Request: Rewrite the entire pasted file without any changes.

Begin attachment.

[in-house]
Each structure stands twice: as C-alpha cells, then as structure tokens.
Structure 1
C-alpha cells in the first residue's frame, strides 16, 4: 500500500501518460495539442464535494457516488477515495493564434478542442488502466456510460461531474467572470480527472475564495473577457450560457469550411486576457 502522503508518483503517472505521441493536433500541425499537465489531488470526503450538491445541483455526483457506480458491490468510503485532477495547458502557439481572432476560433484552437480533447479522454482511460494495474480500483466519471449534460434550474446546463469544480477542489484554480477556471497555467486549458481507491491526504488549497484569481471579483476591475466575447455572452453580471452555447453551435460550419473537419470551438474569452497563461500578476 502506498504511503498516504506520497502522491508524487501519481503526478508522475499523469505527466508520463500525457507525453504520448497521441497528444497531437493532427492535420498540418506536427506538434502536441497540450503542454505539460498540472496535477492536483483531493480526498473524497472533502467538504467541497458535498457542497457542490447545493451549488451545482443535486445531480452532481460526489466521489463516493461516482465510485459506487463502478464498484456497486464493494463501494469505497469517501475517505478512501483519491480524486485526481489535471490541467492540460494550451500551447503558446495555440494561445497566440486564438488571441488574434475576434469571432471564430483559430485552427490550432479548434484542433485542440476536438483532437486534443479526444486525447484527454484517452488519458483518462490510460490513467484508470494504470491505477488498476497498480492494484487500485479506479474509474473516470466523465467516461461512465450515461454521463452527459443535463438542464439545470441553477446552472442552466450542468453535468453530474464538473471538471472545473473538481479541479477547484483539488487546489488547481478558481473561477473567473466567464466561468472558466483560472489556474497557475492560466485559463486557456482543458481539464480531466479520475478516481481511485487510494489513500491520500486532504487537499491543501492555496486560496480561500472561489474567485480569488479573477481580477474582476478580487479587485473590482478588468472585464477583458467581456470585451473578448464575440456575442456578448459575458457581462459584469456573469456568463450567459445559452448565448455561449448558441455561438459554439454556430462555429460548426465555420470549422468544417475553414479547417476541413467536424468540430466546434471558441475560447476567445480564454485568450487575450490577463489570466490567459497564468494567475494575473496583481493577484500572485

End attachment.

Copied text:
[in-house]
Each structure stands twice: as C-alpha cells, then as structure tokens.
Structure 1
C-alpha cells in the first residue's frame, strides 16, 4: 500500500501518460495539442464535494457516488477515495493564434478542442488502466456510460461531474467572470480527472475564495473577457450560457469550411486576457 502522503508518483503517472505521441493536433500541425499537465489531488470526503450538491445541483455526483457506480458491490468510503485532477495547458502557439481572432476560433484552437480533447479522454482511460494495474480500483466519471449534460434550474446546463469544480477542489484554480477556471497555467486549458481507491491526504488549497484569481471579483476591475466575447455572452453580471452555447453551435460550419473537419470551438474569452497563461500578476 502506498504511503498516504506520497502522491508524487501519481503526478508522475499523469505527466508520463500525457507525453504520448497521441497528444497531437493532427492535420498540418506536427506538434502536441497540450503542454505539460498540472496535477492536483483531493480526498473524497472533502467538504467541497458535498457542497457542490447545493451549488451545482443535486445531480452532481460526489466521489463516493461516482465510485459506487463502478464498484456497486464493494463501494469505497469517501475517505478512501483519491480524486485526481489535471490541467492540460494550451500551447503558446495555440494561445497566440486564438488571441488574434475576434469571432471564430483559430485552427490550432479548434484542433485542440476536438483532437486534443479526444486525447484527454484517452488519458483518462490510460490513467484508470494504470491505477488498476497498480492494484487500485479506479474509474473516470466523465467516461461512465450515461454521463452527459443535463438542464439545470441553477446552472442552466450542468453535468453530474464538473471538471472545473473538481479541479477547484483539488487546489488547481478558481473561477473567473466567464466561468472558466483560472489556474497557475492560466485559463486557456482543458481539464480531466479520475478516481481511485487510494489513500491520500486532504487537499491543501492555496486560496480561500472561489474567485480569488479573477481580477474582476478580487479587485473590482478588468472585464477583458467581456470585451473578448464575440456575442456578448459575458457581462459584469456573469456568463450567459445559452448565448455561449448558441455561438459554439454556430462555429460548426465555420470549422468544417475553414479547417476541413467536424468540430466546434471558441475560447476567445480564454485568450487575450490577463489570466490567459497564468494567475494575473496583481493577484500572485